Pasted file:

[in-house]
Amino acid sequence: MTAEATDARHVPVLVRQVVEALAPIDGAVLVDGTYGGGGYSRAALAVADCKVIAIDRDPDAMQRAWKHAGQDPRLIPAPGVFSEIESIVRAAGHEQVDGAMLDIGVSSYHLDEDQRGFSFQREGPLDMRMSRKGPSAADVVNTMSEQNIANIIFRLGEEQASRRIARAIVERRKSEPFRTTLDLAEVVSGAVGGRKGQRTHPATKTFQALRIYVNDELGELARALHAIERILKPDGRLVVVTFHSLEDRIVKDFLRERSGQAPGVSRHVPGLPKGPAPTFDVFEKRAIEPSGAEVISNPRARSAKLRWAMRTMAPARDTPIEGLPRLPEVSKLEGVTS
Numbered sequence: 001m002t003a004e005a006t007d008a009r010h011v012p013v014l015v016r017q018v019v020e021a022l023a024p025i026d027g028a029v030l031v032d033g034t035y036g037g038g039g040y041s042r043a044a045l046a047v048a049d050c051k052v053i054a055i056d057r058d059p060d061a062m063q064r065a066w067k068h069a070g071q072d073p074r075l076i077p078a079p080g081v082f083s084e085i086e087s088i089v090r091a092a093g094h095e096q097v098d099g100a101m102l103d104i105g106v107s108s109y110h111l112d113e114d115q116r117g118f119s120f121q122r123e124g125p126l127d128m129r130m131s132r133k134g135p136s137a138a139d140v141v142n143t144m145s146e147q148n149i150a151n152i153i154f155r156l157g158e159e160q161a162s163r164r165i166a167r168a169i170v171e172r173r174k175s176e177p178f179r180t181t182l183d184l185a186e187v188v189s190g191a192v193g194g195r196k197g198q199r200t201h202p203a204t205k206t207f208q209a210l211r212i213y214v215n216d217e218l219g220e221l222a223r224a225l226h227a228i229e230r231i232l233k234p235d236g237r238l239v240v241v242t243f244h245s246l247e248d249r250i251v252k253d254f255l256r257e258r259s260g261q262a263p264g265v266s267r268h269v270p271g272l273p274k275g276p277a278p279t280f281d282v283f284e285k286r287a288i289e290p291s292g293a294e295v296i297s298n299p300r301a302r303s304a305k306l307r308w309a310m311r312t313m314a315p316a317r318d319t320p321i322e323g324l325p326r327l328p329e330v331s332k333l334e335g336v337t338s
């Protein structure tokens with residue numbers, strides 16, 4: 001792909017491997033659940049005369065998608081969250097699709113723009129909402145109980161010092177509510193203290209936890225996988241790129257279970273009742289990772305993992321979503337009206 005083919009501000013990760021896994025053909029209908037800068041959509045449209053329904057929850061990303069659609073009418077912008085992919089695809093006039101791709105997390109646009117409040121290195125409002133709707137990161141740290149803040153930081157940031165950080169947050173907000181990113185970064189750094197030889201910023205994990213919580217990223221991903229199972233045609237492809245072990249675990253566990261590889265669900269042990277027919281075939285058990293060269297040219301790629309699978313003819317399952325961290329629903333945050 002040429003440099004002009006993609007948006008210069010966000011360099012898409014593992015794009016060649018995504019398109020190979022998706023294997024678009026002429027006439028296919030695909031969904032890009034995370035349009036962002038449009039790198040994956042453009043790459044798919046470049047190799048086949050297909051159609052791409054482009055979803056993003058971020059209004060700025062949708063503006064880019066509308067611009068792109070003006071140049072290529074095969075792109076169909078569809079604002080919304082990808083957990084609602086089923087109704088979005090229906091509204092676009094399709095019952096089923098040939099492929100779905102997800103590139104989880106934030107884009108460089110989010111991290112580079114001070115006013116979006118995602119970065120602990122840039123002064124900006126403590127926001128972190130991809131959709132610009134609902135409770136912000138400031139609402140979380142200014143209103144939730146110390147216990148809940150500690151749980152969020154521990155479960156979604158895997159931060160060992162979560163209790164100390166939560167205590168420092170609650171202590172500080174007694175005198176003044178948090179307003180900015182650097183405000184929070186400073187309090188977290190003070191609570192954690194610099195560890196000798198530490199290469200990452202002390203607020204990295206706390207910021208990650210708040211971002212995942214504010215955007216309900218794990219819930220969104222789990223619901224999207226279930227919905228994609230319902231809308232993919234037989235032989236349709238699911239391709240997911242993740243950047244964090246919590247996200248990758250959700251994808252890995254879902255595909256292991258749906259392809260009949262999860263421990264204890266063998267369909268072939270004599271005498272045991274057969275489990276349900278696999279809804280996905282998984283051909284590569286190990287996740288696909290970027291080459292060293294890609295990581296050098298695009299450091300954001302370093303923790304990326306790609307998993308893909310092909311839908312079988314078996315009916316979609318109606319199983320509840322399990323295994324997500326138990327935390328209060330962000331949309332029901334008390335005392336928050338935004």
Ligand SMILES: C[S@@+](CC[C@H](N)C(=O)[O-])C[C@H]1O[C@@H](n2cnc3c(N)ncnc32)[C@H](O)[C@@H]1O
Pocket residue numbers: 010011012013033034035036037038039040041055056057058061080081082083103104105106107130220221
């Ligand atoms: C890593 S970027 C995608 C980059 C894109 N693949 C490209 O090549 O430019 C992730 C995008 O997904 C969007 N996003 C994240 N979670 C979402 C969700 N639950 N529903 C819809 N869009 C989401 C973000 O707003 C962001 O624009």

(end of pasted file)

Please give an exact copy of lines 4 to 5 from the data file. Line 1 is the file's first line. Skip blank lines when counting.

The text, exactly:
């Protein structure tokens with residue numbers, strides 16, 4: 001792909017491997033659940049005369065998608081969250097699709113723009129909402145109980161010092177509510193203290209936890225996988241790129257279970273009742289990772305993992321979503337009206 005083919009501000013990760021896994025053909029209908037800068041959509045449209053329904057929850061990303069659609073009418077912008085992919089695809093006039101791709105997390109646009117409040121290195125409002133709707137990161141740290149803040153930081157940031165950080169947050173907000181990113185970064189750094197030889201910023205994990213919580217990223221991903229199972233045609237492809245072990249675990253566990261590889265669900269042990277027919281075939285058990293060269297040219301790629309699978313003819317399952325961290329629903333945050 002040429003440099004002009006993609007948006008210069010966000011360099012898409014593992015794009016060649018995504019398109020190979022998706023294997024678009026002429027006439028296919030695909031969904032890009034995370035349009036962002038449009039790198040994956042453009043790459044798919046470049047190799048086949050297909051159609052791409054482009055979803056993003058971020059209004060700025062949708063503006064880019066509308067611009068792109070003006071140049072290529074095969075792109076169909078569809079604002080919304082990808083957990084609602086089923087109704088979005090229906091509204092676009094399709095019952096089923098040939099492929100779905102997800103590139104989880106934030107884009108460089110989010111991290112580079114001070115006013116979006118995602119970065120602990122840039123002064124900006126403590127926001128972190130991809131959709132610009134609902135409770136912000138400031139609402140979380142200014143209103144939730146110390147216990148809940150500690151749980152969020154521990155479960156979604158895997159931060160060992162979560163209790164100390166939560167205590168420092170609650171202590172500080174007694175005198176003044178948090179307003180900015182650097183405000184929070186400073187309090188977290190003070191609570192954690194610099195560890196000798198530490199290469200990452202002390203607020204990295206706390207910021208990650210708040211971002212995942214504010215955007216309900218794990219819930220969104222789990223619901224999207226279930227919905228994609230319902231809308232993919234037989235032989236349709238699911239391709240997911242993740243950047244964090246919590247996200248990758250959700251994808252890995254879902255595909256292991258749906259392809260009949262999860263421990264204890266063998267369909268072939270004599271005498272045991274057969275489990276349900278696999279809804280996905282998984283051909284590569286190990287996740288696909290970027291080459292060293294890609295990581296050098298695009299450091300954001302370093303923790304990326306790609307998993308893909310092909311839908312079988314078996315009916316979609318109606319199983320509840322399990323295994324997500326138990327935390328209060330962000331949309332029901334008390335005392336928050338935004």
Ligand SMILES: C[S@@+](CC[C@H](N)C(=O)[O-])C[C@H]1O[C@@H](n2cnc3c(N)ncnc32)[C@H](O)[C@@H]1O